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Friday, March 18, 2011

Triple Goddess: Beyond Aphrodite

The Triple Hecate  (William Blake)
It wasn’t that long ago that “childless” was synonymous
with “barren.”  Barren” is currently defined by
as “incapable of sustaining life” (as in “the dead and barren Moon”).

According to that centuries-old logic, if a woman were
without child (for whatever the reason – perhaps she’s
either younger or older than childbearing age), it was
assumed that she was somehow less than fully viable.  If she were younger, at least hope lay on the horizon.  If she were older, she was just plain over the hill with no horizon in sight.

The single- (or perhaps double-) pointed worship of the Fertility Goddess (be she Aphrodite, Parvati, Frigg, Isis, or countless other incarnations) at best obscures – and at worst negates – other equally- vibrant female archetypes.  Ironically, it was a male – poet and author, Robert Graves – who came up with the perfect solution.  That solution he named the “Triple Goddess.”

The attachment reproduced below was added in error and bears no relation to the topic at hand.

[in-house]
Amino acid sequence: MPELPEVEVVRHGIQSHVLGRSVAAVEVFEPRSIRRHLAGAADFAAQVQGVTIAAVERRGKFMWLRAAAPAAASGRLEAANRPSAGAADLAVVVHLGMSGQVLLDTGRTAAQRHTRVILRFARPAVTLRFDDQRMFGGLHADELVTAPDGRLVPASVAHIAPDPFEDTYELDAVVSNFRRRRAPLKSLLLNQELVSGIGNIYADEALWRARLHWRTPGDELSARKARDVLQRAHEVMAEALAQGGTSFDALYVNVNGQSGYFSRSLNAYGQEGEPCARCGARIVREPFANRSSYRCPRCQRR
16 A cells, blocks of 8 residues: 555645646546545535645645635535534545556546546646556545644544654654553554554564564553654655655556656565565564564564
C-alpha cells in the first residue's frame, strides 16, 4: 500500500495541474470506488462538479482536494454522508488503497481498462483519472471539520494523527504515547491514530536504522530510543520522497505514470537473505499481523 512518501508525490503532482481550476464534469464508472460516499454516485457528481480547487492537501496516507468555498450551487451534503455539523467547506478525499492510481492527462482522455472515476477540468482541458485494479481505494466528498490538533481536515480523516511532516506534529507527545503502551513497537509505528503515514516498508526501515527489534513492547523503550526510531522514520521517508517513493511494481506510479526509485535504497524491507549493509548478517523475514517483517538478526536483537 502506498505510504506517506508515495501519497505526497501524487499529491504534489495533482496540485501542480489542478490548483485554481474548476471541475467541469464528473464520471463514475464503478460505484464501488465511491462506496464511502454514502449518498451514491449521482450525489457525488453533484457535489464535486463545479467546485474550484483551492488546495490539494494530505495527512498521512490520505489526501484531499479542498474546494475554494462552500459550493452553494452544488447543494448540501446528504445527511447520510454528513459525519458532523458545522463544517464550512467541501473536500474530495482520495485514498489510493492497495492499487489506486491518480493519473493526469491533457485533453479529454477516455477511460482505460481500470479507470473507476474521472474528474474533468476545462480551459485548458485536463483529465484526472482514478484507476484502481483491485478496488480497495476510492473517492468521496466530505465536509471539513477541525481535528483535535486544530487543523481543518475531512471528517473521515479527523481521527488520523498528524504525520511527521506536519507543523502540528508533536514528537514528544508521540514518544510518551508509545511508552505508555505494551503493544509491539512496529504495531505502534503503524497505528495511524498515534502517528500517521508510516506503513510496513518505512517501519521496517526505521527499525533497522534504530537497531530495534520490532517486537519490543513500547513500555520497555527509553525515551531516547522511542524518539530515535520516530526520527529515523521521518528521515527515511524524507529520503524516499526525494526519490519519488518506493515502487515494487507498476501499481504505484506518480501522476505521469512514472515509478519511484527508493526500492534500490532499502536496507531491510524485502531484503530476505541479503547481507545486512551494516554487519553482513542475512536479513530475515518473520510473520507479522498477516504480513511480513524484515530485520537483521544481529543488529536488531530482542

The Triple Goddess was Graves’ reinvention of earlier work that Jane Harrison had done.  Graves took Harrison’s “three aspects” of goddess-worshipping, matriarchal early Europe, and turned them into the Maiden, the Mother, and the Crone.  He then equated these Triple Goddess aspects with the waxing, fullness, and waning of the moon.

According to, the Triple Goddess has become “an embodiment of unity, an all encompassing view of the potentiality in women of all kinds.”  No longer does Aphrodite alone rule.  She is now equally joined by Artemis (the virgin goddess of independence and youth) and Hecate (the mature goddess of wisdom and strength). 

Women are no longer solely defined by (and valued for) their fertility (sexuality and beauty).  The Triple
Goddess has now made them truly three-dimensional.


Copyright March 18, 2011 by Linda Van Slyke   All Rights Reserved

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